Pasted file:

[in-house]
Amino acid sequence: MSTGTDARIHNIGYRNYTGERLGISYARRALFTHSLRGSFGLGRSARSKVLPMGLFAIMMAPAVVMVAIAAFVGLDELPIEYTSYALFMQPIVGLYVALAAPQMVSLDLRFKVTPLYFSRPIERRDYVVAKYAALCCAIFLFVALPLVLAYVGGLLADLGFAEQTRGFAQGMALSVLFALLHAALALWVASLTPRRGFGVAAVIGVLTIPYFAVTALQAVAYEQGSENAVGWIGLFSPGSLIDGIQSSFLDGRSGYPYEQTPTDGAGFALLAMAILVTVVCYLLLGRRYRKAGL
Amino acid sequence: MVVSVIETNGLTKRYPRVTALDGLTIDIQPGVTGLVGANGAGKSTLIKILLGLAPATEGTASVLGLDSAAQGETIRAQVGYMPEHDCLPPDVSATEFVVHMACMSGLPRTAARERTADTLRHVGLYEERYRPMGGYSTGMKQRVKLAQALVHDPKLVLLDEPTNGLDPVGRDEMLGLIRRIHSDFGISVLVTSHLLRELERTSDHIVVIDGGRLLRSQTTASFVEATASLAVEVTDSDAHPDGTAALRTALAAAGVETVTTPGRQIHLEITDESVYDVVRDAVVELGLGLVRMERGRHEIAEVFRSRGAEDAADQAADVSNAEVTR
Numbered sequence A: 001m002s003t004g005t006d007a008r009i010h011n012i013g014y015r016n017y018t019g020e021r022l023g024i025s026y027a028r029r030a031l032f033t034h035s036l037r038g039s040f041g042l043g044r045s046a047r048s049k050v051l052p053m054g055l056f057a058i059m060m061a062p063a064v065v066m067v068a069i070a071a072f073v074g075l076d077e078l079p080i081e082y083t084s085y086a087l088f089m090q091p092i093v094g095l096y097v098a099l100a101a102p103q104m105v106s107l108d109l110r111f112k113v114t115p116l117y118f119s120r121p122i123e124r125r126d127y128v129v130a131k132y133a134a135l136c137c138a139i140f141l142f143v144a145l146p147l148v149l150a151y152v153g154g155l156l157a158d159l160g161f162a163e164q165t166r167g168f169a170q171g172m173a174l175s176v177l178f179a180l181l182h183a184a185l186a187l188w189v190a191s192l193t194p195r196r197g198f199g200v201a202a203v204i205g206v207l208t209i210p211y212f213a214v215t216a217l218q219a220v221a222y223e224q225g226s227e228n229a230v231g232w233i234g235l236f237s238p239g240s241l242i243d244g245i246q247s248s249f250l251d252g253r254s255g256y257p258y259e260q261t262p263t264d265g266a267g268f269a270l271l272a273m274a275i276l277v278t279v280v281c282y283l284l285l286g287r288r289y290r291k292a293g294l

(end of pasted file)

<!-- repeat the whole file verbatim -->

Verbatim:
[in-house]
Amino acid sequence: MSTGTDARIHNIGYRNYTGERLGISYARRALFTHSLRGSFGLGRSARSKVLPMGLFAIMMAPAVVMVAIAAFVGLDELPIEYTSYALFMQPIVGLYVALAAPQMVSLDLRFKVTPLYFSRPIERRDYVVAKYAALCCAIFLFVALPLVLAYVGGLLADLGFAEQTRGFAQGMALSVLFALLHAALALWVASLTPRRGFGVAAVIGVLTIPYFAVTALQAVAYEQGSENAVGWIGLFSPGSLIDGIQSSFLDGRSGYPYEQTPTDGAGFALLAMAILVTVVCYLLLGRRYRKAGL
Amino acid sequence: MVVSVIETNGLTKRYPRVTALDGLTIDIQPGVTGLVGANGAGKSTLIKILLGLAPATEGTASVLGLDSAAQGETIRAQVGYMPEHDCLPPDVSATEFVVHMACMSGLPRTAARERTADTLRHVGLYEERYRPMGGYSTGMKQRVKLAQALVHDPKLVLLDEPTNGLDPVGRDEMLGLIRRIHSDFGISVLVTSHLLRELERTSDHIVVIDGGRLLRSQTTASFVEATASLAVEVTDSDAHPDGTAALRTALAAAGVETVTTPGRQIHLEITDESVYDVVRDAVVELGLGLVRMERGRHEIAEVFRSRGAEDAADQAADVSNAEVTR
Numbered sequence A: 001m002s003t004g005t006d007a008r009i010h011n012i013g014y015r016n017y018t019g020e021r022l023g024i025s026y027a028r029r030a031l032f033t034h035s036l037r038g039s040f041g042l043g044r045s046a047r048s049k050v051l052p053m054g055l056f057a058i059m060m061a062p063a064v065v066m067v068a069i070a071a072f073v074g075l076d077e078l079p080i081e082y083t084s085y086a087l088f089m090q091p092i093v094g095l096y097v098a099l100a101a102p103q104m105v106s107l108d109l110r111f112k113v114t115p116l117y118f119s120r121p122i123e124r125r126d127y128v129v130a131k132y133a134a135l136c137c138a139i140f141l142f143v144a145l146p147l148v149l150a151y152v153g154g155l156l157a158d159l160g161f162a163e164q165t166r167g168f169a170q171g172m173a174l175s176v177l178f179a180l181l182h183a184a185l186a187l188w189v190a191s192l193t194p195r196r197g198f199g200v201a202a203v204i205g206v207l208t209i210p211y212f213a214v215t216a217l218q219a220v221a222y223e224q225g226s227e228n229a230v231g232w233i234g235l236f237s238p239g240s241l242i243d244g245i246q247s248s249f250l251d252g253r254s255g256y257p258y259e260q261t262p263t264d265g266a267g268f269a270l271l272a273m274a275i276l277v278t279v280v281c282y283l284l285l286g287r288r289y290r291k292a293g294l